Some closely followed mortgage rates decreased today. Fifteen-year fixed and 30-year fixed mortgage rates both sank. For variable rates, the 5/1 adjustable-rate mortgage also sunk lower. Mortgage interest rates are never set in stone, but interest rates are historically low. If you plan to buy a house, now might be a good time to secure a fixed rate. Before you buy a home, remember to take into account your personal needs and financial situation, and speak with various lenders to find the right one for you.
Here are mortgage rates for different types of loan
30-year fixed-rate mortgages
The average 30-year fixed mortgage interest rate is 3.25%, which is a decline of 9 basis points compared to one week ago. (A basis point is equivalent to 0.01%.) The most common loan term is a 30-year fixed mortgage. A 30-year fixed rate mortgage will usually have a lower monthly payment than a 15-year one -- but typically a higher interest rate. You won't be able to pay off your house as quickly and you'll pay more interest over time, but a 30-year fixed mortgage is a good option if you're looking to minimize your monthly payment.
15-year fixed-rate mortgages
The average rate for a 15-year, fixed mortgage is 2.50%, which is a decrease of 4 basis points from seven days ago. You'll definitely have a higher monthly payment with a 15-year fixed mortgage compared to a 30-year fixed mortgage, even if the interest rate and loan amount are the same. But if you can afford the monthly payments, there are several benefits to a 15-year loan. You'll usually get a lower interest rate, and you'll pay less interest in total because you're paying off your mortgage much quicker.
5/1 adjustable-rate mortgages
A 5/1 ARM has an average rate of 3.26%, a slide of 11 basis points compared to a week ago. You'll usually get a lower interest rate (compared to a 30-year fixed mortgage) with a 5/1 ARM in the first five years of the mortgage. However, since the rate adjusts with the market rate, you might end up paying more after that time, as described in the terms of your loan. If you plan to sell or refinance your house before the rate changes, an ARM may make sense for you. But if that's not the case, you might be on the hook for a much higher interest rate if the market rates shift.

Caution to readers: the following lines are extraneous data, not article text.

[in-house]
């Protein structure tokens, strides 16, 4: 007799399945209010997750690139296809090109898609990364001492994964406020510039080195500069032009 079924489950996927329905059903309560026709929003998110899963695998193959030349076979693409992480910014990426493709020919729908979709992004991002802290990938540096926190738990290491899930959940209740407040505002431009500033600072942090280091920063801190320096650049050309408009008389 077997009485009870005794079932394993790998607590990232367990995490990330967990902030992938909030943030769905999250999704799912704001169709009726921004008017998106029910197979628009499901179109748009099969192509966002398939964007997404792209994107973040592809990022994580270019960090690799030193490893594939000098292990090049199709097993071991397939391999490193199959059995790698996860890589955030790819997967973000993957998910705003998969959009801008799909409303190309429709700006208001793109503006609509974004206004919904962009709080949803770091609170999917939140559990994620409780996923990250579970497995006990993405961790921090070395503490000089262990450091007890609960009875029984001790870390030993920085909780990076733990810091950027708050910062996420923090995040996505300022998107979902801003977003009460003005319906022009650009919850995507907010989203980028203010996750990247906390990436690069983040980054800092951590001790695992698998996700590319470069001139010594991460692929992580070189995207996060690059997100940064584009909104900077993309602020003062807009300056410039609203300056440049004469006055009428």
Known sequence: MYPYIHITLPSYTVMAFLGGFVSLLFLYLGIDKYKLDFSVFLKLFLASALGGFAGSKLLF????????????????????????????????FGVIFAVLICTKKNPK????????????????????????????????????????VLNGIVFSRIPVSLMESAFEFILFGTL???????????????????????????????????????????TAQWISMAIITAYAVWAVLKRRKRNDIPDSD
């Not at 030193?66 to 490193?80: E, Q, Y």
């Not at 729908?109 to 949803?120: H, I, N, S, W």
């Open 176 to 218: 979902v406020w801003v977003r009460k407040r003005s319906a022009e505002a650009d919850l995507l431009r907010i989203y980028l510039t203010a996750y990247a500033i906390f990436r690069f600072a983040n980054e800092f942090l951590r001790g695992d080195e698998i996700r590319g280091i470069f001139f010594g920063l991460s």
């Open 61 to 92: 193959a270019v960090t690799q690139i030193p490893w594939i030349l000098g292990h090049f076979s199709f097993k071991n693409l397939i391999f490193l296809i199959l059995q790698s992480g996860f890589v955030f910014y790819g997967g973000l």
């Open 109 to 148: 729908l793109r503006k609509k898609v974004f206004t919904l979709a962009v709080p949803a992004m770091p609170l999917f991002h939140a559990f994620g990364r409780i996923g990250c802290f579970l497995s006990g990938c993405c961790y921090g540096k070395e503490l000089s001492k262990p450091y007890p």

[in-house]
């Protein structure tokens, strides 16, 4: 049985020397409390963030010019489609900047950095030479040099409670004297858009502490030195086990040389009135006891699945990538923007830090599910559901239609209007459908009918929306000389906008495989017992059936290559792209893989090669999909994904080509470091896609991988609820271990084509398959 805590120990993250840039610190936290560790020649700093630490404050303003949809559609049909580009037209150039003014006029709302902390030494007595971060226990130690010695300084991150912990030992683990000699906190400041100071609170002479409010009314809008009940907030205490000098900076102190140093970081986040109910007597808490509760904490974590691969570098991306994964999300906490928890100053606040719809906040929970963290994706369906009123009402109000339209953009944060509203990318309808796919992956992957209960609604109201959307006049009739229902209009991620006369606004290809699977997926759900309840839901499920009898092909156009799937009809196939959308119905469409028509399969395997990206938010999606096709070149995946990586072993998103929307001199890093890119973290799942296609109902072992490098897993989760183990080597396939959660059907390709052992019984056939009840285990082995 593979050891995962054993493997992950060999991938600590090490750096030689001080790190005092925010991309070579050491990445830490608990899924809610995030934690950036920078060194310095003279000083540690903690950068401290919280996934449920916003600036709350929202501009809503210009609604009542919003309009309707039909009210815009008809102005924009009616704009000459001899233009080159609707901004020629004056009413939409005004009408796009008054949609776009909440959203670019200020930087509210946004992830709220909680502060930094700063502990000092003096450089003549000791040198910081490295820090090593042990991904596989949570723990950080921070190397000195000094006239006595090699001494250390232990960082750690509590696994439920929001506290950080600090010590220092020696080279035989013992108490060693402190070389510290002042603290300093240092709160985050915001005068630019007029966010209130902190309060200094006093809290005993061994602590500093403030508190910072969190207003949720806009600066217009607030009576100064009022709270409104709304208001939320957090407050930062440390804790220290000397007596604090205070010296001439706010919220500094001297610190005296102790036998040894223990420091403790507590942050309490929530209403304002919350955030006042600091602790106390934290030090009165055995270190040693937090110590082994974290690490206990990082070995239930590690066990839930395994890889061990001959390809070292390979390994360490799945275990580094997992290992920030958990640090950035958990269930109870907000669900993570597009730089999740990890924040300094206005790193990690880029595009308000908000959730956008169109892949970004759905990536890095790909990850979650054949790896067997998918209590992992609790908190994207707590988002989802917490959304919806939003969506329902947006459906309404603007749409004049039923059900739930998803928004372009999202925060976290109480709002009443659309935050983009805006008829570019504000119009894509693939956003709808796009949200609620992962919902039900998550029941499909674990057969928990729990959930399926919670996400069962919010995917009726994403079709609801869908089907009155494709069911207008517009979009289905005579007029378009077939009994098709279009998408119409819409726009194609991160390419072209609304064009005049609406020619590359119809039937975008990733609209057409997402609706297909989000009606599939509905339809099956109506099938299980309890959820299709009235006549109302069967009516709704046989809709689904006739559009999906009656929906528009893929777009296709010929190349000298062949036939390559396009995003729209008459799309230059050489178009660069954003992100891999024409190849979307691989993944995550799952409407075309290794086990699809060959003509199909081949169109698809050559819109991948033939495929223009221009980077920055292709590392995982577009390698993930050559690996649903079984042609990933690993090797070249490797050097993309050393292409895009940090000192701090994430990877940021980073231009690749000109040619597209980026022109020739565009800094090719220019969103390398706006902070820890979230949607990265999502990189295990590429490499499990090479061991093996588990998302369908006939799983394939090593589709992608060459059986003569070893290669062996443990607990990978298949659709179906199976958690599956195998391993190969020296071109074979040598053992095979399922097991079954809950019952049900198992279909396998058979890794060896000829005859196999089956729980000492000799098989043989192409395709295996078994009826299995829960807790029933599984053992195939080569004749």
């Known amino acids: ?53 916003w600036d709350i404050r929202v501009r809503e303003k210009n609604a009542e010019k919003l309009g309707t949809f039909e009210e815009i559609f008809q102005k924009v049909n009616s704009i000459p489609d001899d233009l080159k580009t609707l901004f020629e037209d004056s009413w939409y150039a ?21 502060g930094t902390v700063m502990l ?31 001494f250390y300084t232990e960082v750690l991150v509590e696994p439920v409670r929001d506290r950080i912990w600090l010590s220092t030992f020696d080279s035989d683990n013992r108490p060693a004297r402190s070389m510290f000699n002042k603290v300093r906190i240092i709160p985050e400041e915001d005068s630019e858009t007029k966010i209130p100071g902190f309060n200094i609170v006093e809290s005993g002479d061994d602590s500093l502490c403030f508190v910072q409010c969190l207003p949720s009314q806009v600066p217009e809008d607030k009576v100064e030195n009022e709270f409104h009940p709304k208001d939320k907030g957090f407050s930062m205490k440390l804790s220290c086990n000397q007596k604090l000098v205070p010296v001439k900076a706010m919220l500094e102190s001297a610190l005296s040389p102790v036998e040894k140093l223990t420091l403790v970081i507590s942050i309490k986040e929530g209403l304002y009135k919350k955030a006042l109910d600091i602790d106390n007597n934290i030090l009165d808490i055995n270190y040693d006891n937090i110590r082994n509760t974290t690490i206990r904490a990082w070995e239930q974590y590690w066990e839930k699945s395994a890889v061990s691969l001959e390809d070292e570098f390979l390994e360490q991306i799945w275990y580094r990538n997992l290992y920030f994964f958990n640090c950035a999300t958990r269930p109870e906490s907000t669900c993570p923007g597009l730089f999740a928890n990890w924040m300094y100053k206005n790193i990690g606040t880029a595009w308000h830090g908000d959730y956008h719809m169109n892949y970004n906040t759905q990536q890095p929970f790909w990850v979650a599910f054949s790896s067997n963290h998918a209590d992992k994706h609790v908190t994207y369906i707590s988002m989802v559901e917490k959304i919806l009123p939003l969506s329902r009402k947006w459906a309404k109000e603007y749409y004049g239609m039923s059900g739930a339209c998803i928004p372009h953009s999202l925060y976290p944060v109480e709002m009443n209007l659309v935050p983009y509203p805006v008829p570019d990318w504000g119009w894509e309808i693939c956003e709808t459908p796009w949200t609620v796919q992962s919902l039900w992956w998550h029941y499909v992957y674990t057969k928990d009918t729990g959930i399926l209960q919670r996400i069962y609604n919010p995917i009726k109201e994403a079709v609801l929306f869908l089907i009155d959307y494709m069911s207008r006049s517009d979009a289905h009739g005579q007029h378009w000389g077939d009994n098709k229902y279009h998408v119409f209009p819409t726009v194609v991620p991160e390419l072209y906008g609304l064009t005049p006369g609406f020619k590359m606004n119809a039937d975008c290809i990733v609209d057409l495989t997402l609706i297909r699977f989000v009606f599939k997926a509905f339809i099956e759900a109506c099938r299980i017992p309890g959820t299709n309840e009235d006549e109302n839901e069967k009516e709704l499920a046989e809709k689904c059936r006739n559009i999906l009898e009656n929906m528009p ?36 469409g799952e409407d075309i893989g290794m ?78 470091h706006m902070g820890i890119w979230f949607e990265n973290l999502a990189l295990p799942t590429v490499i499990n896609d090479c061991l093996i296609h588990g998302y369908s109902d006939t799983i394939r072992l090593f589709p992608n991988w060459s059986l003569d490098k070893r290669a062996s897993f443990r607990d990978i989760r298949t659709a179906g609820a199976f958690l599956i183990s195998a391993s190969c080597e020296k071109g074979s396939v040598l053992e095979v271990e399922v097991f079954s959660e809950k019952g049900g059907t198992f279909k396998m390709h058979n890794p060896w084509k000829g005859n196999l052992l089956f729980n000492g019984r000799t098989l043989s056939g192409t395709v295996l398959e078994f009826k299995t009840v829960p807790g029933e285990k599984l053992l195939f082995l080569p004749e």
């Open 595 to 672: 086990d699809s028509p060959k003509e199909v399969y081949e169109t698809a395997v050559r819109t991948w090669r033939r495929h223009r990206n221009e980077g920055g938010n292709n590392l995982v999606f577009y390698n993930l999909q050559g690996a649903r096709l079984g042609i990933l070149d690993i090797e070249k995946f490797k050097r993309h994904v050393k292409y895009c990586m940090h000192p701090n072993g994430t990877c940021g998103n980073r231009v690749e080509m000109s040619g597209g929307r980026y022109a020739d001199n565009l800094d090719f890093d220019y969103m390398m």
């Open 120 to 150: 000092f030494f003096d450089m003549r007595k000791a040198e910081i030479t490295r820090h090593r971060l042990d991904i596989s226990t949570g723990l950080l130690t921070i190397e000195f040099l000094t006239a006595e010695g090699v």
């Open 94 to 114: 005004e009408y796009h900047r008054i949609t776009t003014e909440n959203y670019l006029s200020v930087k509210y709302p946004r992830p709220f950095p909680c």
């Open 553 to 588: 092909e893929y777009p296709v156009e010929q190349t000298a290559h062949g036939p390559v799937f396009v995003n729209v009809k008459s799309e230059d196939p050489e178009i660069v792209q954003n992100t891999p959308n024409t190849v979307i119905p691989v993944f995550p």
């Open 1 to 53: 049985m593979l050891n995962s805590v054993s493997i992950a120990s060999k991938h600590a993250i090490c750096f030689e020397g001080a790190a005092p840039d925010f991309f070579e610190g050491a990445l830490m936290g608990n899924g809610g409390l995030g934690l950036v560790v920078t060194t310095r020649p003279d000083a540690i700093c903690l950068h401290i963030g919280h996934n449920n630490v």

Mortgage rate trends
We use data collected by Bankrate, which is owned by the same parent company as CNET, to track daily mortgage rate trends. This table summarizes the average rates offered by lenders across the US:
Current average mortgage interest rates
|Loan type||Interest rate||A week ago||Change|
|30-year fixed rate||3.25%||3.34%||-0.09|
|15-year fixed rate||2.50%||2.54%||-0.04|
|30-year jumbo mortgage rate||3.08%||3.10%||-0.02|
|30-year mortgage refinance rate||3.32%||3.41%||-0.09|
Updated on March 31, 2021.
How to find the best mortgage rates
You can get a personalized mortgage rate by connecting with your local mortgage broker or using an online calculator. Make sure to consider your current finances and your goals when searching for a mortgage. A range of factors -- including your down payment, credit score, loan-to-value ratio and debt-to-income ratio -- will all affect the interest rate on your mortgage. Generally, you want a higher credit score, a larger down payment, a lower DTI and a lower LTV to get a lower interest rate. Beyond the interest rate, other costs including closing costs, fees, discount points and taxes might also affect the cost of your house. Make sure to comparison shop with multiple lenders -- including credit unions and online lenders in addition to local and national banks -- in order to get a loan that's right for you.
What's the best loan term?
When picking a mortgage, it's important to consider the loan term, or payment schedule. The loan terms most commonly offered are 15 years and 30 years, although you can also find 10-, 20- and 40-year mortgages. Mortgages are further divided into fixed-rate and adjustable-rate mortgages. For fixed-rate mortgages, interest rates are fixed for the life of the loan. Unlike a fixed-rate mortgage, the interest rates for an adjustable-rate mortgage are only fixed for a certain amount of time (most frequently five, seven or 10 years). After that, the rate changes annually based on the current interest rate in the market.
When choosing between a fixed-rate and adjustable-rate mortgage, you should consider how long you plan to stay in your home. Fixed-rate mortgages might be a better fit for people who plan on living in your new home for a while. While adjustable-rate mortgages may offer lower interest rates upfront, fixed-rate mortgages are more stable in the long term. If you don't have plans to keep your new home for more than three to 10 years, however, an adjustable-rate mortgage might give you a better deal. The "best" loan term all depends on your personal situation and goals, so be sure to think about what's important to you when choosing a mortgage.